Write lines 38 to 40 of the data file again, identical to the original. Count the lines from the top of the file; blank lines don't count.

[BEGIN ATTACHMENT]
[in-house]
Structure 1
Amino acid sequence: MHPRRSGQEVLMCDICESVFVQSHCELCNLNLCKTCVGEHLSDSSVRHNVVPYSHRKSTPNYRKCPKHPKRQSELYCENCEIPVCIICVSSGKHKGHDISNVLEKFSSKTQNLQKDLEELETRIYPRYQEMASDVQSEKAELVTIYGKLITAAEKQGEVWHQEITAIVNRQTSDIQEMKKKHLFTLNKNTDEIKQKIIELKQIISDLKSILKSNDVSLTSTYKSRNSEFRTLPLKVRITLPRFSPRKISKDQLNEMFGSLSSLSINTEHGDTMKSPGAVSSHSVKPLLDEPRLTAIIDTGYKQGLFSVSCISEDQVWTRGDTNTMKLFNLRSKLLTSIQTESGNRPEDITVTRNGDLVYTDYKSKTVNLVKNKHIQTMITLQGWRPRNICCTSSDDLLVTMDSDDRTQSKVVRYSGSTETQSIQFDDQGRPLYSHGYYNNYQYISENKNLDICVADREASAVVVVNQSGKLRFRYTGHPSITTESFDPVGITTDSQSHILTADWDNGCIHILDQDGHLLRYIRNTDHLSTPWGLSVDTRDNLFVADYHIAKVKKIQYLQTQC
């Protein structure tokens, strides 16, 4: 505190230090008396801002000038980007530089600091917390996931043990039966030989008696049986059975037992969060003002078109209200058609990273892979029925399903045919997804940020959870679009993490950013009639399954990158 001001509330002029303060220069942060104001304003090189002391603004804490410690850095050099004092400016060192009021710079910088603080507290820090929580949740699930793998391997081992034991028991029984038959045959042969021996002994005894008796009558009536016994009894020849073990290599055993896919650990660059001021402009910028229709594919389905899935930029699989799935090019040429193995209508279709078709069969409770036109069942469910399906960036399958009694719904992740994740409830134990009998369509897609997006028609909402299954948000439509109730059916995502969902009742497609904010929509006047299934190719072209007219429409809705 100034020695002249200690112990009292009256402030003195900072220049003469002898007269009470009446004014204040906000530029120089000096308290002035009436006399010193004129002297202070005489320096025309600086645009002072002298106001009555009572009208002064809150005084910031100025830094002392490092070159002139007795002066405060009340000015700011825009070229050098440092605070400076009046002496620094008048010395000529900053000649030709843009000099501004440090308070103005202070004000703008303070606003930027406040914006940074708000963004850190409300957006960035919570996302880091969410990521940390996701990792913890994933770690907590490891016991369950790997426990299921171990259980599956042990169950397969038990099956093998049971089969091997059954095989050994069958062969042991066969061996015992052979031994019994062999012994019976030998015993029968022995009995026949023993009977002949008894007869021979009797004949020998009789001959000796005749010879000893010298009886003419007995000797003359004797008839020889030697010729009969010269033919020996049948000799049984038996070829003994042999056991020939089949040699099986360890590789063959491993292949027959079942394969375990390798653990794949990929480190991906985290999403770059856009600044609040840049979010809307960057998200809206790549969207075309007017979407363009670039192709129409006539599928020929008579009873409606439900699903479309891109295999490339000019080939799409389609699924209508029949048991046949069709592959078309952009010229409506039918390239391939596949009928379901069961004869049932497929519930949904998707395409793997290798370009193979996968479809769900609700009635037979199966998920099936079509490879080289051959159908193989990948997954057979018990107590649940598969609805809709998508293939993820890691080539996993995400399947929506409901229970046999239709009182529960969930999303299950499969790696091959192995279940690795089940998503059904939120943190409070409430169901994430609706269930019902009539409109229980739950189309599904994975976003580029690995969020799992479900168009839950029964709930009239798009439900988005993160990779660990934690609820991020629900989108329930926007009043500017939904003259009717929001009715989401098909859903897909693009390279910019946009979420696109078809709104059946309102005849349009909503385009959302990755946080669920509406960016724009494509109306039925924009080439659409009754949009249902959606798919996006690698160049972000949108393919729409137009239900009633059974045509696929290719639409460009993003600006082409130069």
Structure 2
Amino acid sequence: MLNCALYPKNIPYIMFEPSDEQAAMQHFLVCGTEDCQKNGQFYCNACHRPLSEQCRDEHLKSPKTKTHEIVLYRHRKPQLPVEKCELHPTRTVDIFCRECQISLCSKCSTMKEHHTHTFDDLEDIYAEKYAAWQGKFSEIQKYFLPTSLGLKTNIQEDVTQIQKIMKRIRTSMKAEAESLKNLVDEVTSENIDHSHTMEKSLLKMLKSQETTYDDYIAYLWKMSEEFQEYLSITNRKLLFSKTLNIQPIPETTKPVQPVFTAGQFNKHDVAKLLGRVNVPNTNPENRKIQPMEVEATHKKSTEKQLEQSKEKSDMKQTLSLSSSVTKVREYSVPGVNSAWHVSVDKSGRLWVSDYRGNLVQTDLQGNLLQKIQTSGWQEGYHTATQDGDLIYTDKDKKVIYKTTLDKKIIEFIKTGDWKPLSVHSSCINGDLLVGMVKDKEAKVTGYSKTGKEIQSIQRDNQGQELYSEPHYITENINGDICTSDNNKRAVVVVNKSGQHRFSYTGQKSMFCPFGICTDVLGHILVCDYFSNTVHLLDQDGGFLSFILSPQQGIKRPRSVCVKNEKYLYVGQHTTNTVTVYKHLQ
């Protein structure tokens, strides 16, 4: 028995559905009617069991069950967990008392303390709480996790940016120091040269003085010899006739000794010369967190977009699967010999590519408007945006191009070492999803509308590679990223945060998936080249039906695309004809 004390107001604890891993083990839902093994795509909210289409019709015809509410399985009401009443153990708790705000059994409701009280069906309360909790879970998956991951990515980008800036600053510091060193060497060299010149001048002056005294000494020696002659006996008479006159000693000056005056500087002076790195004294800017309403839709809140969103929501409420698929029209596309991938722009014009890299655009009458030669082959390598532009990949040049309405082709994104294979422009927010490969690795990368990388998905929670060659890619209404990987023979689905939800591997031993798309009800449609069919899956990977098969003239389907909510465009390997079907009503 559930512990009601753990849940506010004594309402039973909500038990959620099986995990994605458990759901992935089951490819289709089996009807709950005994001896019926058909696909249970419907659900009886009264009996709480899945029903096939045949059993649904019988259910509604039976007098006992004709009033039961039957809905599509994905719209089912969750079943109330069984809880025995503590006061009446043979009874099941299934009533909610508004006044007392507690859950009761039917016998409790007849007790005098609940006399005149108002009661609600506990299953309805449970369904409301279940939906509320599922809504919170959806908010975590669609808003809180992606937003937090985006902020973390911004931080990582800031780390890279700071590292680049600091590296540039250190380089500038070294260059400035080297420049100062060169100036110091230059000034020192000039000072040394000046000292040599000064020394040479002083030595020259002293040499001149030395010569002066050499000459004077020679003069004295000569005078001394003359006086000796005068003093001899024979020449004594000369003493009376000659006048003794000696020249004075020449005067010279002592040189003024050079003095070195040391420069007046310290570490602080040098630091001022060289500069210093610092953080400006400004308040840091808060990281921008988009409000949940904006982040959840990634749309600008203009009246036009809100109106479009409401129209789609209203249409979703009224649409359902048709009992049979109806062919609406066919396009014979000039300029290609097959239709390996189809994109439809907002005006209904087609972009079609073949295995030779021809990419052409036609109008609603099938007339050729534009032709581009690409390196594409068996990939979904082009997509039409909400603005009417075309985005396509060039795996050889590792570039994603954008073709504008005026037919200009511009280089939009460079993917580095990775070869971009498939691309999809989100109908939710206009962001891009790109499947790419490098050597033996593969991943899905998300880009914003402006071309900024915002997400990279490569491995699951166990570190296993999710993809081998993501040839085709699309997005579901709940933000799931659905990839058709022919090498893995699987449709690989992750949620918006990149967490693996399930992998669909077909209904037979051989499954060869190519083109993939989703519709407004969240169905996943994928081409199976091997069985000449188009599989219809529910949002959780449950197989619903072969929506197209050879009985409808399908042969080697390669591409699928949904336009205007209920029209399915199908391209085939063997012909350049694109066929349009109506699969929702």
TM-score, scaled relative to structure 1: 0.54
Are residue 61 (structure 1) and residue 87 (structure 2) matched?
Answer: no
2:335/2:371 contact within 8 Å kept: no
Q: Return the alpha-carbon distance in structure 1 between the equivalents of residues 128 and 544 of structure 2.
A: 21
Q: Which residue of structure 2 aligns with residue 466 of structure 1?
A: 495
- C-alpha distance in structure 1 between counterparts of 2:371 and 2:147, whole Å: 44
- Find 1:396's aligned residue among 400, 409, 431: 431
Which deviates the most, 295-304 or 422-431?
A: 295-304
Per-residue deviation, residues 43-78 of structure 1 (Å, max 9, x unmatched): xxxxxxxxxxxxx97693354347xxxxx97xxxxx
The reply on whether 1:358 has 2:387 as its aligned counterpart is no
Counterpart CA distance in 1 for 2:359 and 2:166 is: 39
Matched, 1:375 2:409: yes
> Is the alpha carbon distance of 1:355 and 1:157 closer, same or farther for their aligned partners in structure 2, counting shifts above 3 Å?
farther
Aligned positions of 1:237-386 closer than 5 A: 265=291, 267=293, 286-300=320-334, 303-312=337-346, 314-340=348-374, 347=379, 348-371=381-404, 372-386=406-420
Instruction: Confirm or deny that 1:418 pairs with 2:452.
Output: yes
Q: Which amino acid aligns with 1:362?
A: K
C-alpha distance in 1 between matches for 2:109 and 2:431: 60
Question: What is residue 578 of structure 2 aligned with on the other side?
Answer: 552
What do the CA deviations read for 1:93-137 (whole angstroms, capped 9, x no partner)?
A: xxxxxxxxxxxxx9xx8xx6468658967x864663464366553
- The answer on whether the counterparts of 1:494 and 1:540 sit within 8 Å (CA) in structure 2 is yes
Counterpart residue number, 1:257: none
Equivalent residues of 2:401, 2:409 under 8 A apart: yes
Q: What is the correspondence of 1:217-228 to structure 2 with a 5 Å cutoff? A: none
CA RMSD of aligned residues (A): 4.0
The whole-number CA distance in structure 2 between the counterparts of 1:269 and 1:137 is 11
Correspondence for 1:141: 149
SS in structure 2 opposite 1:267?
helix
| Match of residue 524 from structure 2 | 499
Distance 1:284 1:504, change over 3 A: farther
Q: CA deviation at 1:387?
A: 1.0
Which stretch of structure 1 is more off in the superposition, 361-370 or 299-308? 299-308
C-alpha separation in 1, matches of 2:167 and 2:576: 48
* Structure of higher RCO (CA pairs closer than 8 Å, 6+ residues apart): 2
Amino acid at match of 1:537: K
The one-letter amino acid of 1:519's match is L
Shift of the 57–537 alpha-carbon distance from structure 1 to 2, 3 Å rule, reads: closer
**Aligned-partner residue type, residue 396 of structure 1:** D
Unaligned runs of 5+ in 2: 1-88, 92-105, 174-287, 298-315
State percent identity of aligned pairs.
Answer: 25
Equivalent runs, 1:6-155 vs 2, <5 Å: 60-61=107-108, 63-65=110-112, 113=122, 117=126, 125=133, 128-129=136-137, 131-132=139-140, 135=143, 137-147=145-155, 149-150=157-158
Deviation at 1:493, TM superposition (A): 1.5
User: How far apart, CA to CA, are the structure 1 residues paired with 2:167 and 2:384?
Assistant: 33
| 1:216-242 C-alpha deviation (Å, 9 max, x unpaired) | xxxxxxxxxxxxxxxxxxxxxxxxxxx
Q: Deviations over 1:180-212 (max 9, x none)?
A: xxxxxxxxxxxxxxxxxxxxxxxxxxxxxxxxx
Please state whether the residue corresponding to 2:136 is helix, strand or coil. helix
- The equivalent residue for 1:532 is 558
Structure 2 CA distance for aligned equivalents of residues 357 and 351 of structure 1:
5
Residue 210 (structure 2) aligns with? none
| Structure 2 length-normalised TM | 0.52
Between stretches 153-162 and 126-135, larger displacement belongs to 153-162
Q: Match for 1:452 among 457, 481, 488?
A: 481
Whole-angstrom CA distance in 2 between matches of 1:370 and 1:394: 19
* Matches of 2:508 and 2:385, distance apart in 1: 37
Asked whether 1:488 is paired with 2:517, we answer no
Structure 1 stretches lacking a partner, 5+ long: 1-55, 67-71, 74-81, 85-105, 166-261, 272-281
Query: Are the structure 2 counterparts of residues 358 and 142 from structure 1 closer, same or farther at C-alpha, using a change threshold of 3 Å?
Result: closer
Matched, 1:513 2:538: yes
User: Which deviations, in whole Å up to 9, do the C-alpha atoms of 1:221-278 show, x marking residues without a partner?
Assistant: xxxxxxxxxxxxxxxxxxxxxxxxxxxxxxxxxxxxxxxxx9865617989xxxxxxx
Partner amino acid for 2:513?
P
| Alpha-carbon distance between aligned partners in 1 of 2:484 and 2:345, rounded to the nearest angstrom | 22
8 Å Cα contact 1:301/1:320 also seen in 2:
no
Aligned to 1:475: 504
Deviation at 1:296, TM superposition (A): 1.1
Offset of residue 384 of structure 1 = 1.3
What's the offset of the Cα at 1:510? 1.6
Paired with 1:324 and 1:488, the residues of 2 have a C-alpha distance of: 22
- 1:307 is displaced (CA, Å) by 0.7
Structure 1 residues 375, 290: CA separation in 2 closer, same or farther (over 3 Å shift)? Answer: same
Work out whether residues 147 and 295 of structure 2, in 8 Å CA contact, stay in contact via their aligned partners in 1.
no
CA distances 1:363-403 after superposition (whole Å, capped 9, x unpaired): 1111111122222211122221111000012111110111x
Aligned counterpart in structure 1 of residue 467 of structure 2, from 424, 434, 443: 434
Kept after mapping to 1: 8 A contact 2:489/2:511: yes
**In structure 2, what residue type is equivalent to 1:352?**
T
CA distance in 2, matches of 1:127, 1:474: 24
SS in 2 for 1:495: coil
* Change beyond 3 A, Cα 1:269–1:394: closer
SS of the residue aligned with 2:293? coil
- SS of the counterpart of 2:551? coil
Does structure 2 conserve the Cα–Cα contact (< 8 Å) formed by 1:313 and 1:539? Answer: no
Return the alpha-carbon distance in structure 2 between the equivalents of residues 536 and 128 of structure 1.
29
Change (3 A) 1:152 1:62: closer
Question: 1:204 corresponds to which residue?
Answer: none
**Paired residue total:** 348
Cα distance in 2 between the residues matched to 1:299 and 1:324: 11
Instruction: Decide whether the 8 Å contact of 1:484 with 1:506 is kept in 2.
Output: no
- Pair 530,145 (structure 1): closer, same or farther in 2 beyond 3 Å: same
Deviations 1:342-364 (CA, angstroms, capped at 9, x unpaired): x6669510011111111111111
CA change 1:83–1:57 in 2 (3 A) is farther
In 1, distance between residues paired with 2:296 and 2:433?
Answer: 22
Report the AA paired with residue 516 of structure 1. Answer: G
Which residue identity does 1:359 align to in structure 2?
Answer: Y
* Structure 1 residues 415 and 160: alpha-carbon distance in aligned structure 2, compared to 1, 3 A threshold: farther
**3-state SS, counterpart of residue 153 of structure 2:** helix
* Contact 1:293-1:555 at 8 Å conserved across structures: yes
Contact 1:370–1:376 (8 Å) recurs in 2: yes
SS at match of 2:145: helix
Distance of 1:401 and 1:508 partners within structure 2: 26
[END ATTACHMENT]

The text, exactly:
Equivalent residues of 2:401, 2:409 under 8 A apart: yes
Q: What is the correspondence of 1:217-228 to structure 2 with a 5 Å cutoff? A: none
CA RMSD of aligned residues (A): 4.0